Review: Gottika by Helaine Becker

 I’ve always been a fan of Helaine Becker’s nonfiction and her picture books, but I was intrigued when I heard she had a new fantasy novel in the works.

Incorporating graphic novel elements illustrated by Alexander Griggs-Burr,  and set in an alternate dystopian world, Becker hinges the turning point of Gottika on a character straight out of a Jewish legend, a Gol.  These are magical creatures made from clay and earth and brought to life by powerful charms are charged with protecting against oppression. These incongruent elements come together to create a fabulous read enhanced by Griggs-Burrs visuals.

The story begins with fifteen year old Dany yearning for relief from the oppression of Count Pol’s reign. But, he is too young to know how to bring it about. As a Stoon, he, his family, and his friends are nothing more than second class citizens subject to the brutality of Gottika City’s Guards. Dany can’t understand why his father, a respected elder, doesn’t  do more to stop the tyranny. Instead of acting, his father hides behind closed doors with the few books the officials have allowed him to keep.

Dany seethes with frustration that is further fueled by a father who treats him like a child and a mother whose secret past  haunts her. Pol’s increasingly brutal actions force Dany’s father to take a stand, but not in a way that Dany had ever imagined.  His father creates and breathes life into a Gol. The Gol is charged with protecting their people, but when his father is imprisoned and slated for execution, even the Gol can’t help, Dany must act to stop Count Pol.

Gottika is the perfect mashup that results in a great read; one that kept me awake until I turned the last page.

Walter Dean Myers

Sad news…

African-American author, Walter Dean Myers passed away yesterday. He was 76 years old. He was one of several wonderful writers who changed the face of literature for young people in North America.

I had the pleasure of hearing him speak only once, but his words, like his books, will remain with me for years to come. Fallen Angels, Monster, and Bad Boy are some of my favorites. I will be revisiting them, and I hope you do too. He often set his stories in inner city neighborhoods and featured characters who often made  less than ideal choices.

Myers,who grew up in Harlem under some tough circumstances,  dropped out of high school, and had more than a few brushes with the law.  He managed to stay connected to books and reading through his local library.  In a public radio interview on “here & Now,” Myers says, “My circumstances often seemed insurmountable to me, but through reading I reached out for ideas that might help me escape them. The books I read showed me options other than those I saw reflected in my surroundings. They gave me new definitions for success in my life.”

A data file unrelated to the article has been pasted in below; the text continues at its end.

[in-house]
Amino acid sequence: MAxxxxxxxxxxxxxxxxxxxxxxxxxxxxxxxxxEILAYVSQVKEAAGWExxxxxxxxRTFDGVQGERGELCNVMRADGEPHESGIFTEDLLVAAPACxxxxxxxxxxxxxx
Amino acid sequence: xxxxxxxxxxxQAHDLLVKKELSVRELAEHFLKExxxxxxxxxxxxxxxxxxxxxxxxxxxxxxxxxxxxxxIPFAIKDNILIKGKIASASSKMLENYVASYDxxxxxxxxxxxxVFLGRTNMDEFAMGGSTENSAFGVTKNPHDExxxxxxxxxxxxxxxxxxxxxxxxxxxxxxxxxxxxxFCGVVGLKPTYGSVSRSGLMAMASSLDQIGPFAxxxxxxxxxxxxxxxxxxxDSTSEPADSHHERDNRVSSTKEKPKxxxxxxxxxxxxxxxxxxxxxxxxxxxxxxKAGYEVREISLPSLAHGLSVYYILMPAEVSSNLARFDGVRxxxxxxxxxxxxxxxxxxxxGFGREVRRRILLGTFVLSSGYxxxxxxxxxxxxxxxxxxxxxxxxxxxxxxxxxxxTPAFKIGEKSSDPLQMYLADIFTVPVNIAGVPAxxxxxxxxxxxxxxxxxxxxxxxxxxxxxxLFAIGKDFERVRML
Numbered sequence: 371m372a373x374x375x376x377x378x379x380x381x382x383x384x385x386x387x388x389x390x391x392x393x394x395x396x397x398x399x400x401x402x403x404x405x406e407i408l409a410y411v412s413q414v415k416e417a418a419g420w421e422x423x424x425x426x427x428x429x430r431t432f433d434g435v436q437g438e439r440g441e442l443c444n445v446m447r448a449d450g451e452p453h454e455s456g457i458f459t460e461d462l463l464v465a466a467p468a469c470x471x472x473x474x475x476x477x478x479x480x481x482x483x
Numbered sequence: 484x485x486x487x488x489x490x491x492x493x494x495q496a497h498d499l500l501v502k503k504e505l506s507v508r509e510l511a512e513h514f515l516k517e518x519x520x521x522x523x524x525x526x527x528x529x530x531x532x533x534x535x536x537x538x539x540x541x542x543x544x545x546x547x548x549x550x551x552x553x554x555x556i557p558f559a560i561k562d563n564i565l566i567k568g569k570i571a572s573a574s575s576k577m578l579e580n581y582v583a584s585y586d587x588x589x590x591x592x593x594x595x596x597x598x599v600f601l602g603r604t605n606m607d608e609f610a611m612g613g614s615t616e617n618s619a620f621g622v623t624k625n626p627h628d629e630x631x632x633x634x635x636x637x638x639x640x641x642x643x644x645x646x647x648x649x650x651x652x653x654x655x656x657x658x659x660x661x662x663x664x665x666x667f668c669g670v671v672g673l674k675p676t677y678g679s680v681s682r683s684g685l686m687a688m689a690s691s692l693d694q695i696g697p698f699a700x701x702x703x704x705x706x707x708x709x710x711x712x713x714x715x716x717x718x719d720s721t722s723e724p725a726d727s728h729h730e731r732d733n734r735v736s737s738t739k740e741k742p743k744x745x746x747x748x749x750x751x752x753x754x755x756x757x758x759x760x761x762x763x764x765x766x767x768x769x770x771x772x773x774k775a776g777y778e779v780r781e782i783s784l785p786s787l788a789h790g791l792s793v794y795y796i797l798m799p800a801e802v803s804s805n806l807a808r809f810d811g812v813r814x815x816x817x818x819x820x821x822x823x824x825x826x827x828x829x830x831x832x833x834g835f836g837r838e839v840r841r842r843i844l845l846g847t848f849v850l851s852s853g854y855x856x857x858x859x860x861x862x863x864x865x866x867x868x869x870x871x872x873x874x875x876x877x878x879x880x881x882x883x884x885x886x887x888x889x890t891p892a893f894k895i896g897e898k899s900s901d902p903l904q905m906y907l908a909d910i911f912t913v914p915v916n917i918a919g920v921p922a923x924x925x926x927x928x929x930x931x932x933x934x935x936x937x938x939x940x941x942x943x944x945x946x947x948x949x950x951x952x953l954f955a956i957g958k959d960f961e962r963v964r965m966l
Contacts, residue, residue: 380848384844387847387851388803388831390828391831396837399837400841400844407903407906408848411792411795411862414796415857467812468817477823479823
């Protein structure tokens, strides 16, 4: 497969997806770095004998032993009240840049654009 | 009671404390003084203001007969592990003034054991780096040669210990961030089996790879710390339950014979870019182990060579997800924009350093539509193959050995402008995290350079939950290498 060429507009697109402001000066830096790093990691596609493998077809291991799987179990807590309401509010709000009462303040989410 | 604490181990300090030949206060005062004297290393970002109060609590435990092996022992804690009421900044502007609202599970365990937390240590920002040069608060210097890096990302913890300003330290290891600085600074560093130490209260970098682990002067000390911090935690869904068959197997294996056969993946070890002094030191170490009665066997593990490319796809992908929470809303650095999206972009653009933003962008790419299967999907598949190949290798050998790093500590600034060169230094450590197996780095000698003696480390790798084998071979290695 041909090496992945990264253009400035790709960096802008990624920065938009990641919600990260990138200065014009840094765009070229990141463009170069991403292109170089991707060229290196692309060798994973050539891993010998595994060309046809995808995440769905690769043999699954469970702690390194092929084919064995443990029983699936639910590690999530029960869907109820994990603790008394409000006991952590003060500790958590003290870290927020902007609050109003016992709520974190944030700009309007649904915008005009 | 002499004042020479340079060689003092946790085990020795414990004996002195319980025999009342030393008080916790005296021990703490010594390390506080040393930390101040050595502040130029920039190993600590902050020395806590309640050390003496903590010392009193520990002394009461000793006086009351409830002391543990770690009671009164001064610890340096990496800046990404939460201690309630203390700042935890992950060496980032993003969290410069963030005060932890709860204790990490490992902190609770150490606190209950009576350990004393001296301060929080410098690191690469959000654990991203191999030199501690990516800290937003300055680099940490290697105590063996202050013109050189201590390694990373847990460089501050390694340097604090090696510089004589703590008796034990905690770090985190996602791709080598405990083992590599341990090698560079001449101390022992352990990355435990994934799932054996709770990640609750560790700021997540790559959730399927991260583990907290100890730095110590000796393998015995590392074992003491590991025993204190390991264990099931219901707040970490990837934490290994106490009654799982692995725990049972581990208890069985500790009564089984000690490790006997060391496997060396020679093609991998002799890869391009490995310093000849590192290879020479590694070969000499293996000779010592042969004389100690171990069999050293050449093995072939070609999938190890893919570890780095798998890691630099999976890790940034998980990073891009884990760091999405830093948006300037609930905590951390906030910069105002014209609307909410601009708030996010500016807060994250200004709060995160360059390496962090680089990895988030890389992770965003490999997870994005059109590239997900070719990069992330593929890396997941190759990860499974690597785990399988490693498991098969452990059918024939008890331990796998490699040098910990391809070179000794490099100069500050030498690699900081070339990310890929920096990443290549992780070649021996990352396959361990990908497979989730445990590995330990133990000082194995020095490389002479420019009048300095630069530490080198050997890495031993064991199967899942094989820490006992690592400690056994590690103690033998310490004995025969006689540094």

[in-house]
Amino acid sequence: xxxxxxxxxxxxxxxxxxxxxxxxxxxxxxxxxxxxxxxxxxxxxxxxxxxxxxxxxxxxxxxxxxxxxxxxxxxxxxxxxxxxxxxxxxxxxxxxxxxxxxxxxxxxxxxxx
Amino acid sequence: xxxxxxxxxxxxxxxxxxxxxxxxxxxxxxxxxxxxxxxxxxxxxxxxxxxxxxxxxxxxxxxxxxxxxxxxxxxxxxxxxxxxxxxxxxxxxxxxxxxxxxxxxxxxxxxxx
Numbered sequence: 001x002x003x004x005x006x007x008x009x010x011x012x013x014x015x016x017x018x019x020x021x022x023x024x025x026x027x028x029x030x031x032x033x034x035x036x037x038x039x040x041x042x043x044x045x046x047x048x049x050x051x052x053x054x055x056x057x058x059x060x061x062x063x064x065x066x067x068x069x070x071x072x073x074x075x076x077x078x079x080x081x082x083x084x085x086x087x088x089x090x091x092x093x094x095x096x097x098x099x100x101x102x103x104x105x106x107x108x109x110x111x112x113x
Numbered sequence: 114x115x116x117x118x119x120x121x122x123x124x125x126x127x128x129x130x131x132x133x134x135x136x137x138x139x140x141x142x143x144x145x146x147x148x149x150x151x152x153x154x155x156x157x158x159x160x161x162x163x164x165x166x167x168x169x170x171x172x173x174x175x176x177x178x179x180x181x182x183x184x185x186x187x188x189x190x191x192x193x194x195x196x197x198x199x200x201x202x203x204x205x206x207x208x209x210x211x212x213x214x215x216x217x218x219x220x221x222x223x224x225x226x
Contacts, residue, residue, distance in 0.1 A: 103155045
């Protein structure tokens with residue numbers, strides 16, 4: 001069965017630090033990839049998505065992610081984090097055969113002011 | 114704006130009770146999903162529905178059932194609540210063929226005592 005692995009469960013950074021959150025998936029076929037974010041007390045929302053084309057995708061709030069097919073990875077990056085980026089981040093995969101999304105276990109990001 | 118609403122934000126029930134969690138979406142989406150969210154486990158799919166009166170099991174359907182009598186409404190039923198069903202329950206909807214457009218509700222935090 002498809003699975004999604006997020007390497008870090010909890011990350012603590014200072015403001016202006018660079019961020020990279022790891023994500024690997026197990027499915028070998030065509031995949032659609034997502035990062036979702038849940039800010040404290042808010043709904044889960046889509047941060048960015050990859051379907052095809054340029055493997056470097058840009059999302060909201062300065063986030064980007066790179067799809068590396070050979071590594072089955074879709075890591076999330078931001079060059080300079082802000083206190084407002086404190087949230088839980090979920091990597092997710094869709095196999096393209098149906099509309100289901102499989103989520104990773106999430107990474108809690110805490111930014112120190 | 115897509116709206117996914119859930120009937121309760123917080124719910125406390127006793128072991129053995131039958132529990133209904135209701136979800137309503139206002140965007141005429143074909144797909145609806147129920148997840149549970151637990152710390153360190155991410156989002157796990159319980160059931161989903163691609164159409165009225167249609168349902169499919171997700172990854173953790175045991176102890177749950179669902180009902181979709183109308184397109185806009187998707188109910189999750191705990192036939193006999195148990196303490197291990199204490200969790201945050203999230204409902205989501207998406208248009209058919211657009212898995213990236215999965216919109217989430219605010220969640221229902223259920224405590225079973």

After working a series of low paying jobs, he took the advice of a high school teacher who had told him to keep writing no matter what.  Fortunately for all of us, Walters followed that high school teacher’s advice.  He went on to publish more than 100 books and became one of the most respected voices in young adult literature in America.  He was a tireless advocate for literacy, and his writing was especially popular with middle and high school boys.  His books garnered multiple honors including: five Coretta Scott King Awards for African-American fiction, two Newbery Honor Medals, and a Printz Award. He was named a National Ambassador for Young People’s Literature in 2012-13.

For young writers looking for writing advice, Myers published Just Write, which he described as a template from his own life.

 

 

 

Stories come in all shapes, sizes and mediums

I love that stories can be told in so many ways.  Here’s a Ted Talk by Jim Toomey that is really cool…it’s his story on how he became a cartoonist, but it’s also the story of how “Story” comes in a variety of forms and how it can have an impact on our world.  So, for all you parents and teachers out there who tell kids to stop doodling, you may want to check this out. And for those of you who are kids and doodle-inclined, this is for you.

Orca book Publishers spring book launch

Orca Book Publishers is celebrating some awesome authors in their spring book launch.  If you’re in town, be sure to drop in. If you can’t make it, books will be available through your local bookstore, or online.